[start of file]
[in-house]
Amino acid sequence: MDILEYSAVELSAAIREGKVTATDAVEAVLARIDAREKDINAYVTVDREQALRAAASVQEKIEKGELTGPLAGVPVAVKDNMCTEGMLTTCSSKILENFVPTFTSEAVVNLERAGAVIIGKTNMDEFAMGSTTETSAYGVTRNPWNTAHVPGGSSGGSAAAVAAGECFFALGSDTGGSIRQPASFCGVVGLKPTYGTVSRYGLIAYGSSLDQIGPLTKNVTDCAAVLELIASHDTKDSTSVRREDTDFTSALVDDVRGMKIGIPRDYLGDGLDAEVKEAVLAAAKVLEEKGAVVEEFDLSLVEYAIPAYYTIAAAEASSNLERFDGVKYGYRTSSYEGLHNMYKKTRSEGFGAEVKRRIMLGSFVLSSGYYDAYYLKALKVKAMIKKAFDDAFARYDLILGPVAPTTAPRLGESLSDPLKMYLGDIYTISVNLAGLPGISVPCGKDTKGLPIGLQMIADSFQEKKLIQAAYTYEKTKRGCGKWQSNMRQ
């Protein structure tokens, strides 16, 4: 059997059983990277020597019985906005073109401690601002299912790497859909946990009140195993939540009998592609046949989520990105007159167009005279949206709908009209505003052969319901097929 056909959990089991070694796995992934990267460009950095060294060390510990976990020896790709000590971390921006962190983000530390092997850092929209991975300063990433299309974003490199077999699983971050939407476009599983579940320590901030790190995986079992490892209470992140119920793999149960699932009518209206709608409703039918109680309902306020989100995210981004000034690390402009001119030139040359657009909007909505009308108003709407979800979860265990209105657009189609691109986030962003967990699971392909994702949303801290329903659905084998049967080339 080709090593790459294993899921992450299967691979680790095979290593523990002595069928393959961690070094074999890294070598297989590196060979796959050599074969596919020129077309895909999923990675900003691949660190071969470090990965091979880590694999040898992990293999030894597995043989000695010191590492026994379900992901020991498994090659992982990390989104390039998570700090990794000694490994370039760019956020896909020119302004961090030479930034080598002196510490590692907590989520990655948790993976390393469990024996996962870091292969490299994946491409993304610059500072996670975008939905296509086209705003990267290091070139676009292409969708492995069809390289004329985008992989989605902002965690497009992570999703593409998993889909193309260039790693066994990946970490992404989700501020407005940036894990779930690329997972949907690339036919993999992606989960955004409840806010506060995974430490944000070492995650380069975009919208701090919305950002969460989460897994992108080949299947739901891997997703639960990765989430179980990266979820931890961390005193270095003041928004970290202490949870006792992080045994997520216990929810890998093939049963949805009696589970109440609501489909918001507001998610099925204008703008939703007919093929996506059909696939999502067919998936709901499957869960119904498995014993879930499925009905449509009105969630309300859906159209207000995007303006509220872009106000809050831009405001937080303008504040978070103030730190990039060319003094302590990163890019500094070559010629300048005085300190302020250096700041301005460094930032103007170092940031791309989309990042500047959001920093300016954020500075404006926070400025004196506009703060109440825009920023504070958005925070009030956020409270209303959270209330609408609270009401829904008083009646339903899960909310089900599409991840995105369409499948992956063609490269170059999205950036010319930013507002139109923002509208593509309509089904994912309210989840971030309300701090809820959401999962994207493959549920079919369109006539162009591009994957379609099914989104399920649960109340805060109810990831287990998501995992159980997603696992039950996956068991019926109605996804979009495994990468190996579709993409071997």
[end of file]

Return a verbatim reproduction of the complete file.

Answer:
[in-house]
Amino acid sequence: MDILEYSAVELSAAIREGKVTATDAVEAVLARIDAREKDINAYVTVDREQALRAAASVQEKIEKGELTGPLAGVPVAVKDNMCTEGMLTTCSSKILENFVPTFTSEAVVNLERAGAVIIGKTNMDEFAMGSTTETSAYGVTRNPWNTAHVPGGSSGGSAAAVAAGECFFALGSDTGGSIRQPASFCGVVGLKPTYGTVSRYGLIAYGSSLDQIGPLTKNVTDCAAVLELIASHDTKDSTSVRREDTDFTSALVDDVRGMKIGIPRDYLGDGLDAEVKEAVLAAAKVLEEKGAVVEEFDLSLVEYAIPAYYTIAAAEASSNLERFDGVKYGYRTSSYEGLHNMYKKTRSEGFGAEVKRRIMLGSFVLSSGYYDAYYLKALKVKAMIKKAFDDAFARYDLILGPVAPTTAPRLGESLSDPLKMYLGDIYTISVNLAGLPGISVPCGKDTKGLPIGLQMIADSFQEKKLIQAAYTYEKTKRGCGKWQSNMRQ
């Protein structure tokens, strides 16, 4: 059997059983990277020597019985906005073109401690601002299912790497859909946990009140195993939540009998592609046949989520990105007159167009005279949206709908009209505003052969319901097929 056909959990089991070694796995992934990267460009950095060294060390510990976990020896790709000590971390921006962190983000530390092997850092929209991975300063990433299309974003490199077999699983971050939407476009599983579940320590901030790190995986079992490892209470992140119920793999149960699932009518209206709608409703039918109680309902306020989100995210981004000034690390402009001119030139040359657009909007909505009308108003709407979800979860265990209105657009189609691109986030962003967990699971392909994702949303801290329903659905084998049967080339 080709090593790459294993899921992450299967691979680790095979290593523990002595069928393959961690070094074999890294070598297989590196060979796959050599074969596919020129077309895909999923990675900003691949660190071969470090990965091979880590694999040898992990293999030894597995043989000695010191590492026994379900992901020991498994090659992982990390989104390039998570700090990794000694490994370039760019956020896909020119302004961090030479930034080598002196510490590692907590989520990655948790993976390393469990024996996962870091292969490299994946491409993304610059500072996670975008939905296509086209705003990267290091070139676009292409969708492995069809390289004329985008992989989605902002965690497009992570999703593409998993889909193309260039790693066994990946970490992404989700501020407005940036894990779930690329997972949907690339036919993999992606989960955004409840806010506060995974430490944000070492995650380069975009919208701090919305950002969460989460897994992108080949299947739901891997997703639960990765989430179980990266979820931890961390005193270095003041928004970290202490949870006792992080045994997520216990929810890998093939049963949805009696589970109440609501489909918001507001998610099925204008703008939703007919093929996506059909696939999502067919998936709901499957869960119904498995014993879930499925009905449509009105969630309300859906159209207000995007303006509220872009106000809050831009405001937080303008504040978070103030730190990039060319003094302590990163890019500094070559010629300048005085300190302020250096700041301005460094930032103007170092940031791309989309990042500047959001920093300016954020500075404006926070400025004196506009703060109440825009920023504070958005925070009030956020409270209303959270209330609408609270009401829904008083009646339903899960909310089900599409991840995105369409499948992956063609490269170059999205950036010319930013507002139109923002509208593509309509089904994912309210989840971030309300701090809820959401999962994207493959549920079919369109006539162009591009994957379609099914989104399920649960109340805060109810990831287990998501995992159980997603696992039950996956068991019926109605996804979009495994990468190996579709993409071997």